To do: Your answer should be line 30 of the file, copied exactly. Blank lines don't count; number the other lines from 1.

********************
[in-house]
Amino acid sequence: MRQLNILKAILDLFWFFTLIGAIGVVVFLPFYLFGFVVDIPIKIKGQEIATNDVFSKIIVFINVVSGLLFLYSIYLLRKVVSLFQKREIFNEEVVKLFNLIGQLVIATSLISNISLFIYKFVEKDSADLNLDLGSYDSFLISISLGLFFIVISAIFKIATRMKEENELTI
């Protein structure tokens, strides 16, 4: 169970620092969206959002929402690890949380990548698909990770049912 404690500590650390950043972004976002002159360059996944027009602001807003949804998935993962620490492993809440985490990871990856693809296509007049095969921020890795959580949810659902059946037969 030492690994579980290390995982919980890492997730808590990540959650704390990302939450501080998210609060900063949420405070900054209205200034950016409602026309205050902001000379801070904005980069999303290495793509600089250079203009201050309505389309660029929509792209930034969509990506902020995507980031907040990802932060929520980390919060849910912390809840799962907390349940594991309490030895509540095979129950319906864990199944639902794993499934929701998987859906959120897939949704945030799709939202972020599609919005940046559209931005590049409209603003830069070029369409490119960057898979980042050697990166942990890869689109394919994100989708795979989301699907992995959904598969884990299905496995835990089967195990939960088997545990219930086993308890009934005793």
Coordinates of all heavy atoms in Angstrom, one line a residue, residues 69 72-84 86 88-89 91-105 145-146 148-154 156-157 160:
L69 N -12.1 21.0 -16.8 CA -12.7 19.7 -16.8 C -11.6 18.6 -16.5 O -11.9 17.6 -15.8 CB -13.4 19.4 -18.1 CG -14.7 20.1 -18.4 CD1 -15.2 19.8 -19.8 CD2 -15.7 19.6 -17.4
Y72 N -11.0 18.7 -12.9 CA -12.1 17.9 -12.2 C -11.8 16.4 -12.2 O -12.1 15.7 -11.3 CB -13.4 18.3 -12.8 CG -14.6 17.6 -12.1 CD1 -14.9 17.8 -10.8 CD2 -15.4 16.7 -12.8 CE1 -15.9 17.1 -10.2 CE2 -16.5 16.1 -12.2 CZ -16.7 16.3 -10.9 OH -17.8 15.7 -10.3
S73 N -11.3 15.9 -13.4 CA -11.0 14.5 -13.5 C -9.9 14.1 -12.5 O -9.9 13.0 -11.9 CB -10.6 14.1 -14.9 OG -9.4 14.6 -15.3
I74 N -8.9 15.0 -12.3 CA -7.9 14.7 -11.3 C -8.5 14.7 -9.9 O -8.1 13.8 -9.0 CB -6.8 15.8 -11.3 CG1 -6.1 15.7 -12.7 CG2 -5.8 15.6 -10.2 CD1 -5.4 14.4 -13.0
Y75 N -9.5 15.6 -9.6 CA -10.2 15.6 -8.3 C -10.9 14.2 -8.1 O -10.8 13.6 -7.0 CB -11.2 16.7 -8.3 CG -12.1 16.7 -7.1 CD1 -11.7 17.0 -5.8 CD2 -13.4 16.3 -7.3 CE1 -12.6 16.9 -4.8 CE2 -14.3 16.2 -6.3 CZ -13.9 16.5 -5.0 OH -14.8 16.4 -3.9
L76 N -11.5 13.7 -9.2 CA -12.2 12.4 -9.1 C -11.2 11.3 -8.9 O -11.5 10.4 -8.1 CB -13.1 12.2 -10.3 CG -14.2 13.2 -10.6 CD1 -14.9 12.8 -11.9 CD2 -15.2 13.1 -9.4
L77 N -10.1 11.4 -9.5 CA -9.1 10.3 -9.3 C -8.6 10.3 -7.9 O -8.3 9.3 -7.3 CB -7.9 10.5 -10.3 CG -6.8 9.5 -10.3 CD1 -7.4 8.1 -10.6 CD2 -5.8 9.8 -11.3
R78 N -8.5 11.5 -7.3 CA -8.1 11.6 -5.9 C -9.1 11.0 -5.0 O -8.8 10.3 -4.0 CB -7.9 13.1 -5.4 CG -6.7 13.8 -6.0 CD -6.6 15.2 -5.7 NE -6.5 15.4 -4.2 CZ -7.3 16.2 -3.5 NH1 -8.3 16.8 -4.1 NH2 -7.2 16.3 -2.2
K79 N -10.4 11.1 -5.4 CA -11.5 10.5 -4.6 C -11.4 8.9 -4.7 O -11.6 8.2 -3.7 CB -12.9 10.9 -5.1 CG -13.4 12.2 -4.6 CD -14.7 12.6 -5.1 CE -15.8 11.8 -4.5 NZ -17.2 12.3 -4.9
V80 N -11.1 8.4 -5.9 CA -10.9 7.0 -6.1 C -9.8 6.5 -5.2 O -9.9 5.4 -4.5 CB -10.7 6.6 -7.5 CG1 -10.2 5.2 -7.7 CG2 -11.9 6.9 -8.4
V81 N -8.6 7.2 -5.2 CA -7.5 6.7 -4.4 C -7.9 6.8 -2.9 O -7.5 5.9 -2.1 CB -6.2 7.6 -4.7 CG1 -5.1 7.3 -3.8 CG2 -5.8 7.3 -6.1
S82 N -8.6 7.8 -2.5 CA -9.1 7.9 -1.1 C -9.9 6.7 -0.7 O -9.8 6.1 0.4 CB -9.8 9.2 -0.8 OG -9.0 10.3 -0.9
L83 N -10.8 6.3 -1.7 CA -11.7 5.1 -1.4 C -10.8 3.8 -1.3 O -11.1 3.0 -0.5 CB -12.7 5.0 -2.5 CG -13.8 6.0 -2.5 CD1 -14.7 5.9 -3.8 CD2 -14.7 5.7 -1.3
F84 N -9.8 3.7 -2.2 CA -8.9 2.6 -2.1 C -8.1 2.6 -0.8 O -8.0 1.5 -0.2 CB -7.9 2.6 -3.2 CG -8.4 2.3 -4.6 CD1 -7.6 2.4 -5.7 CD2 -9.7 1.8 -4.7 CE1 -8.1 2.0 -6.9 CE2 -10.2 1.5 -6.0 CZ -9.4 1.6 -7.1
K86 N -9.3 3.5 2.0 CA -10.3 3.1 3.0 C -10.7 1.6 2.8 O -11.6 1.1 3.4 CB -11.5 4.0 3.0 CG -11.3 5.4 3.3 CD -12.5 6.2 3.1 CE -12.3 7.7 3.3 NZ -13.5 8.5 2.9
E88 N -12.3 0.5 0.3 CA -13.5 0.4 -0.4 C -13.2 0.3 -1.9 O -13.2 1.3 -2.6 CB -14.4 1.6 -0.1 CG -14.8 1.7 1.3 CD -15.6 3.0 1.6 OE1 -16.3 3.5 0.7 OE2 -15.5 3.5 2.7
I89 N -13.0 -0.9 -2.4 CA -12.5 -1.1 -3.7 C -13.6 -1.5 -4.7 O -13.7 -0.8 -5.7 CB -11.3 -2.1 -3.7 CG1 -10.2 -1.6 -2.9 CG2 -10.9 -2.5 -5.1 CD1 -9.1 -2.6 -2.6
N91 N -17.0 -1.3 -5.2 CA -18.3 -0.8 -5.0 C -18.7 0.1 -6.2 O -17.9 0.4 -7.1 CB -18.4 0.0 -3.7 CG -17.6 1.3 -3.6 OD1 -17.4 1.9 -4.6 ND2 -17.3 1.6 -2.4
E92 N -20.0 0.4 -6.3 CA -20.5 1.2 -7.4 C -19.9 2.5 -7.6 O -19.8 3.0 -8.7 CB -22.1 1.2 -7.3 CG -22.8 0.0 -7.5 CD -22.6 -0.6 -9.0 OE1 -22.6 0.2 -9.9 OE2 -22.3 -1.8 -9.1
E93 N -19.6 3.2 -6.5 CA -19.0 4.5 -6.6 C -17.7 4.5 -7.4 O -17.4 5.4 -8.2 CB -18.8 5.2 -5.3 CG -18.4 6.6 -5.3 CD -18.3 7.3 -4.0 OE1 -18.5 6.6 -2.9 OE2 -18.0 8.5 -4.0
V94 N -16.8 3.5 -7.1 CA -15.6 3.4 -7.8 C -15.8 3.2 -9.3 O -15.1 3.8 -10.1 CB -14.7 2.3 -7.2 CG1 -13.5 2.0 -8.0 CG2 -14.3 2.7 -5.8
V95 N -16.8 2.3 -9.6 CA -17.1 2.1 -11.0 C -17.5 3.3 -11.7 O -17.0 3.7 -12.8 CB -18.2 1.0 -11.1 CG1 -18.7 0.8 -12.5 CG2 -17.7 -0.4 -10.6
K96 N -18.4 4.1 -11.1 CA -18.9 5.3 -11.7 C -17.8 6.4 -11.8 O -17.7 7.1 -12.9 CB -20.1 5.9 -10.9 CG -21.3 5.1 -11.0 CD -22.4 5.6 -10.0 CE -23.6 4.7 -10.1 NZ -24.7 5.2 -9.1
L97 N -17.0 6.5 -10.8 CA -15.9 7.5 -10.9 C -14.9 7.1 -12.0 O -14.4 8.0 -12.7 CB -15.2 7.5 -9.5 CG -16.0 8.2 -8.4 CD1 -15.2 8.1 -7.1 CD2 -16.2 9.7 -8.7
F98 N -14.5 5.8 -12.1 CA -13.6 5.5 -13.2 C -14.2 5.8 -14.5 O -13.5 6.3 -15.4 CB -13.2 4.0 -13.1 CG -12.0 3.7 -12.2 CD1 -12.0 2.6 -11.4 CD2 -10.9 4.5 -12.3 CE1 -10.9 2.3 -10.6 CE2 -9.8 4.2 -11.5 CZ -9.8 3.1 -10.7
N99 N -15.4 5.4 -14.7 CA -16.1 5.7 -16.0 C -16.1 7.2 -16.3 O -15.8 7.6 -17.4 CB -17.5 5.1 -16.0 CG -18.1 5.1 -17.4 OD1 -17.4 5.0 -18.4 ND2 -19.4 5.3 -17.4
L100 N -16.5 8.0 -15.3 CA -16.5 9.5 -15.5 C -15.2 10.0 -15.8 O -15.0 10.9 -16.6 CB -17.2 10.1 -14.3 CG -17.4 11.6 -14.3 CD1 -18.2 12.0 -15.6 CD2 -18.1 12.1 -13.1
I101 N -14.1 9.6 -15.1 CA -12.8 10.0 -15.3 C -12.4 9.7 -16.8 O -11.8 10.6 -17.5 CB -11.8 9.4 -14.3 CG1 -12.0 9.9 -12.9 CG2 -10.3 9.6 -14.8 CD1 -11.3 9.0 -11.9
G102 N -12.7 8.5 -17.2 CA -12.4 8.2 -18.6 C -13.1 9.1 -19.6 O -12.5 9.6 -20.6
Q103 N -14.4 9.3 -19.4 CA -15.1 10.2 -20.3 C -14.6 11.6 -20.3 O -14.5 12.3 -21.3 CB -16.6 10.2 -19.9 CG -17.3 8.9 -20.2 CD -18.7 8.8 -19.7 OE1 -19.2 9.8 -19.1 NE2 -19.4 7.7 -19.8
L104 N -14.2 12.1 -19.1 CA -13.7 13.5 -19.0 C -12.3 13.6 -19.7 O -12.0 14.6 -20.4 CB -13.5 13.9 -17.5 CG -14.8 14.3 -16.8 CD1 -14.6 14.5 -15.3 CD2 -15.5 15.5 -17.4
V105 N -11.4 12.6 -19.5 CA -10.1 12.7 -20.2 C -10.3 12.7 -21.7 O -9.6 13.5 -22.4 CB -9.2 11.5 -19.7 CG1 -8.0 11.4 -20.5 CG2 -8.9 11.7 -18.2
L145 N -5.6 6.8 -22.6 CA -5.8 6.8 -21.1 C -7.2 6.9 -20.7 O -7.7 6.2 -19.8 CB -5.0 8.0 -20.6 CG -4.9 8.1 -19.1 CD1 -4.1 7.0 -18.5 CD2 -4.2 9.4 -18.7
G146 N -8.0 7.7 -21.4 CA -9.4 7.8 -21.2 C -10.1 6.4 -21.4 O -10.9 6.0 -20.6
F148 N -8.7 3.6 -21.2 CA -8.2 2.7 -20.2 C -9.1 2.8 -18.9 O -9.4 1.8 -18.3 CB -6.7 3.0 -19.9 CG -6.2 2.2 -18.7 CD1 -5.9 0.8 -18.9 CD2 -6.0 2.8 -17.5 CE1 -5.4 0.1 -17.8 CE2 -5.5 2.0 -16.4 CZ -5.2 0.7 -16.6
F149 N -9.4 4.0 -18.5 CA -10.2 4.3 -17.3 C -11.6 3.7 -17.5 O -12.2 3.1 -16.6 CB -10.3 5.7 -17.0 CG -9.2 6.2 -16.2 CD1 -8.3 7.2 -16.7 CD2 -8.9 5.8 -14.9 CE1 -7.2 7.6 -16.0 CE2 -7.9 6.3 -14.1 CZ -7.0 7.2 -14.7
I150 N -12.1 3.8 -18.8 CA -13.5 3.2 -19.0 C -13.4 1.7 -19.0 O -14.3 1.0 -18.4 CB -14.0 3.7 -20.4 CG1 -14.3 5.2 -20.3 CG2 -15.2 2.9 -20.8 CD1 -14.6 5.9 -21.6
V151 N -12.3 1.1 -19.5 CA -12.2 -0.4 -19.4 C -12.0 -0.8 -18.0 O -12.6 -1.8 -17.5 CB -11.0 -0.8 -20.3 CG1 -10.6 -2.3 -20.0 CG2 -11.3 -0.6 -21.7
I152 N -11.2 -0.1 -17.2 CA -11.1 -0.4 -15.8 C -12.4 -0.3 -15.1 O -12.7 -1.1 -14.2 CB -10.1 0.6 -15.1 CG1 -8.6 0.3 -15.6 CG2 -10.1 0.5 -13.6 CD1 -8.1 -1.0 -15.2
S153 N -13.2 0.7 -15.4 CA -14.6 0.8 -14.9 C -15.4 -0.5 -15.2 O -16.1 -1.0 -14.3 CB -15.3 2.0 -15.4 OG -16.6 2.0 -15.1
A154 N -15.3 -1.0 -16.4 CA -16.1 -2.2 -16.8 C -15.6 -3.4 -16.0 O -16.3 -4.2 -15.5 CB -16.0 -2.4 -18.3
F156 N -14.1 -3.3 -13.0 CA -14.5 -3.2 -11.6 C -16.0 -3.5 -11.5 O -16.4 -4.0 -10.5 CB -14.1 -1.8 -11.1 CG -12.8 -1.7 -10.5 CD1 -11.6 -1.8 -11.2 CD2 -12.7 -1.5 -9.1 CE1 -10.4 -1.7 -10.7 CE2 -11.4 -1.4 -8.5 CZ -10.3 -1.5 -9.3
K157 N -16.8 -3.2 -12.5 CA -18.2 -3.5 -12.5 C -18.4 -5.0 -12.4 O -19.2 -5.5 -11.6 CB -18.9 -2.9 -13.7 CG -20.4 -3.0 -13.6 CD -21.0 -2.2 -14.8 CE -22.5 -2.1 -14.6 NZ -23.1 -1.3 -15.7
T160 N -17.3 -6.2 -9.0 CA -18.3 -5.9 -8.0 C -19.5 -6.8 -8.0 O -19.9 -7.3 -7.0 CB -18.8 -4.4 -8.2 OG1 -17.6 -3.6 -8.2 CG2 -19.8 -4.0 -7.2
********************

N99 N -15.4 5.4 -14.7 CA -16.1 5.7 -16.0 C -16.1 7.2 -16.3 O -15.8 7.6 -17.4 CB -17.5 5.1 -16.0 CG -18.1 5.1 -17.4 OD1 -17.4 5.0 -18.4 ND2 -19.4 5.3 -17.4